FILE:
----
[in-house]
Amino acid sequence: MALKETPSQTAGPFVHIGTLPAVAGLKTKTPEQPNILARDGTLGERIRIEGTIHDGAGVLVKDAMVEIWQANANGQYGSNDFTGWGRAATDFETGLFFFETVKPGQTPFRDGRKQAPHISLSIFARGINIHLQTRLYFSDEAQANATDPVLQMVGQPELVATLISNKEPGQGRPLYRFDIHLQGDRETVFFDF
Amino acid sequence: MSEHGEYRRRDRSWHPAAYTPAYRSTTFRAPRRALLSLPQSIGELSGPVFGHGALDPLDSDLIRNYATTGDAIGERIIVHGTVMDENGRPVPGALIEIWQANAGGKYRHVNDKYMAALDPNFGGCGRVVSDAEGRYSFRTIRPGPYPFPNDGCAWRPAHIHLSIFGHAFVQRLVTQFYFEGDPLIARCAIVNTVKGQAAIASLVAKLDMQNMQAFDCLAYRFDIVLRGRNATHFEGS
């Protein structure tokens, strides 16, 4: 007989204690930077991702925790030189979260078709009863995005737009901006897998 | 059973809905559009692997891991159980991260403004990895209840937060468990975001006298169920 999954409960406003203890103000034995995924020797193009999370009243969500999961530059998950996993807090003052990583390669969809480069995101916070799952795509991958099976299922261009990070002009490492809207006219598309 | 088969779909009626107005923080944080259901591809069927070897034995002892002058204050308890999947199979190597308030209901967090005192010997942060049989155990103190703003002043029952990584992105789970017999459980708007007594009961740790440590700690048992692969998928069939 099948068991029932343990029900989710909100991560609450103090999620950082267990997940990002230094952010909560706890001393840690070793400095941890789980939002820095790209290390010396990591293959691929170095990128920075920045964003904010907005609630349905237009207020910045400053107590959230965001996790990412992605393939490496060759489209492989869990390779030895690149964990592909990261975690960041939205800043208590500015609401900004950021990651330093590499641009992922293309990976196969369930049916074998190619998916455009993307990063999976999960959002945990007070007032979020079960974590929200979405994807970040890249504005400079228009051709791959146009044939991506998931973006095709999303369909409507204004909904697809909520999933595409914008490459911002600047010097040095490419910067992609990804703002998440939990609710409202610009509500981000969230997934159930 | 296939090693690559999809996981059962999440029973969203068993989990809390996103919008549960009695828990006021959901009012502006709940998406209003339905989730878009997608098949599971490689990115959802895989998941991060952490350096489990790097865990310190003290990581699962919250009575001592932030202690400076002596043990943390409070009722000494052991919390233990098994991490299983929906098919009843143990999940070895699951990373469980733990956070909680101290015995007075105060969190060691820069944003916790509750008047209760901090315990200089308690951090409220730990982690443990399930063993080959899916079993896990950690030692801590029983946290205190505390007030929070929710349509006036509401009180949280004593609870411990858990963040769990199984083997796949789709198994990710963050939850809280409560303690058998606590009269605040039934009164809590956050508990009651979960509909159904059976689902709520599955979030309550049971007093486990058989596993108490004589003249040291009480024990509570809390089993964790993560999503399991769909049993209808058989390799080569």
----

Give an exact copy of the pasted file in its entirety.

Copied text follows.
[in-house]
Amino acid sequence: MALKETPSQTAGPFVHIGTLPAVAGLKTKTPEQPNILARDGTLGERIRIEGTIHDGAGVLVKDAMVEIWQANANGQYGSNDFTGWGRAATDFETGLFFFETVKPGQTPFRDGRKQAPHISLSIFARGINIHLQTRLYFSDEAQANATDPVLQMVGQPELVATLISNKEPGQGRPLYRFDIHLQGDRETVFFDF
Amino acid sequence: MSEHGEYRRRDRSWHPAAYTPAYRSTTFRAPRRALLSLPQSIGELSGPVFGHGALDPLDSDLIRNYATTGDAIGERIIVHGTVMDENGRPVPGALIEIWQANAGGKYRHVNDKYMAALDPNFGGCGRVVSDAEGRYSFRTIRPGPYPFPNDGCAWRPAHIHLSIFGHAFVQRLVTQFYFEGDPLIARCAIVNTVKGQAAIASLVAKLDMQNMQAFDCLAYRFDIVLRGRNATHFEGS
């Protein structure tokens, strides 16, 4: 007989204690930077991702925790030189979260078709009863995005737009901006897998 | 059973809905559009692997891991159980991260403004990895209840937060468990975001006298169920 999954409960406003203890103000034995995924020797193009999370009243969500999961530059998950996993807090003052990583390669969809480069995101916070799952795509991958099976299922261009990070002009490492809207006219598309 | 088969779909009626107005923080944080259901591809069927070897034995002892002058204050308890999947199979190597308030209901967090005192010997942060049989155990103190703003002043029952990584992105789970017999459980708007007594009961740790440590700690048992692969998928069939 099948068991029932343990029900989710909100991560609450103090999620950082267990997940990002230094952010909560706890001393840690070793400095941890789980939002820095790209290390010396990591293959691929170095990128920075920045964003904010907005609630349905237009207020910045400053107590959230965001996790990412992605393939490496060759489209492989869990390779030895690149964990592909990261975690960041939205800043208590500015609401900004950021990651330093590499641009992922293309990976196969369930049916074998190619998916455009993307990063999976999960959002945990007070007032979020079960974590929200979405994807970040890249504005400079228009051709791959146009044939991506998931973006095709999303369909409507204004909904697809909520999933595409914008490459911002600047010097040095490419910067992609990804703002998440939990609710409202610009509500981000969230997934159930 | 296939090693690559999809996981059962999440029973969203068993989990809390996103919008549960009695828990006021959901009012502006709940998406209003339905989730878009997608098949599971490689990115959802895989998941991060952490350096489990790097865990310190003290990581699962919250009575001592932030202690400076002596043990943390409070009722000494052991919390233990098994991490299983929906098919009843143990999940070895699951990373469980733990956070909680101290015995007075105060969190060691820069944003916790509750008047209760901090315990200089308690951090409220730990982690443990399930063993080959899916079993896990950690030692801590029983946290205190505390007030929070929710349509006036509401009180949280004593609870411990858990963040769990199984083997796949789709198994990710963050939850809280409560303690058998606590009269605040039934009164809590956050508990009651979960509909159904059976689902709520599955979030309550049971007093486990058989596993108490004589003249040291009480024990509570809390089993964790993560999503399991769909049993209808058989390799080569």